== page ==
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About the Book
Eliza Lucas Pinckney (1722–1793) reshaped the colonial South Carolina economy with her innovations in indigo production and became one of the wealthiest and most respected women in a world dominated by men. Born on the Caribbean island of Antigua, she spent her youth in England before settling in the American South and enriching herself through the successful management of plantations dependent on enslaved laborers. Tracing her extraordinary journey and drawing on the vast written records she left behind—including family and business letters, spiritual musings, elaborate recipes, macabre medical treatments, and astute observations about her world and herself—this engaging biography offers a rare woman’s first-person perspective into the tumultuous years leading up to and through the Revolutionary War and unsettles many common assumptions regarding the place and power of women in the eighteenth century.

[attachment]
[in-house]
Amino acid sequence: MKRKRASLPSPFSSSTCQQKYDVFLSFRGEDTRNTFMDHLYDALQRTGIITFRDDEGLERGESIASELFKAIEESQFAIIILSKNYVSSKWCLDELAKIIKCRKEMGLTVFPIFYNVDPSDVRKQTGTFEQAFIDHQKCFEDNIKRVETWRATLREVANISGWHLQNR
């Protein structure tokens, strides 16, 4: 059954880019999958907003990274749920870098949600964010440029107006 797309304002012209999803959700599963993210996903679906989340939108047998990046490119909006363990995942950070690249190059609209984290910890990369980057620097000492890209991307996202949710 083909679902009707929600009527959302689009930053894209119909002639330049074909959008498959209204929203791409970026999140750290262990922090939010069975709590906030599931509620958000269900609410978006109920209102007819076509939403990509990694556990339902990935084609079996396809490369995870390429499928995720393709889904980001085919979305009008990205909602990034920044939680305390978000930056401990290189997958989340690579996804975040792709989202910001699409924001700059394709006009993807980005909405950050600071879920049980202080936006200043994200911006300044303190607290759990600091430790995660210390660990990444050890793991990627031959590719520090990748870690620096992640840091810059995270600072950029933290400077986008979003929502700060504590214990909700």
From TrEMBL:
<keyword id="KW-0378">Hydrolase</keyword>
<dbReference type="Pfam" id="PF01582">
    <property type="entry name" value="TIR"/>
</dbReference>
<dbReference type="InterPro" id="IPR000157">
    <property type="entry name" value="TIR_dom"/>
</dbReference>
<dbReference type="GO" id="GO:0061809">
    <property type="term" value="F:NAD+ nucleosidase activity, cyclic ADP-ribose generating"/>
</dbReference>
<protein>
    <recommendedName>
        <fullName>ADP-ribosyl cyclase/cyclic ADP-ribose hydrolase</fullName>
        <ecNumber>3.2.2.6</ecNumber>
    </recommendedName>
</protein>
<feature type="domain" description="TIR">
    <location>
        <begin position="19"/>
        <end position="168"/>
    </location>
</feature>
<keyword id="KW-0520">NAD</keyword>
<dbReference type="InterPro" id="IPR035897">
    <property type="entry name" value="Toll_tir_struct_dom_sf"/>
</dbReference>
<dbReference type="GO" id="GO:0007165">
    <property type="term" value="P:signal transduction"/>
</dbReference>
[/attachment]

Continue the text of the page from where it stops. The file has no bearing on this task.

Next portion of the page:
About the Author
Lorri Glover is the John Francis Bannon Endowed Chair in the Department of History at Saint Louis University. Her research interested include siblings and kinship in colonial South Carolina, masculinity in the Early Republic, the seventeenth-century colonization of Virginia and Bermuda, the intersection of family and politics in the lives of leading American Revolutionaries, and the fierce debates over the ratification of the US Constitution. She has written extensively about early America, including Founders as Fathers: The Private Lives and Politics of the American Revolutionaries.
Glover was a member of the Washington Library’s 2016-17 class of research fellows.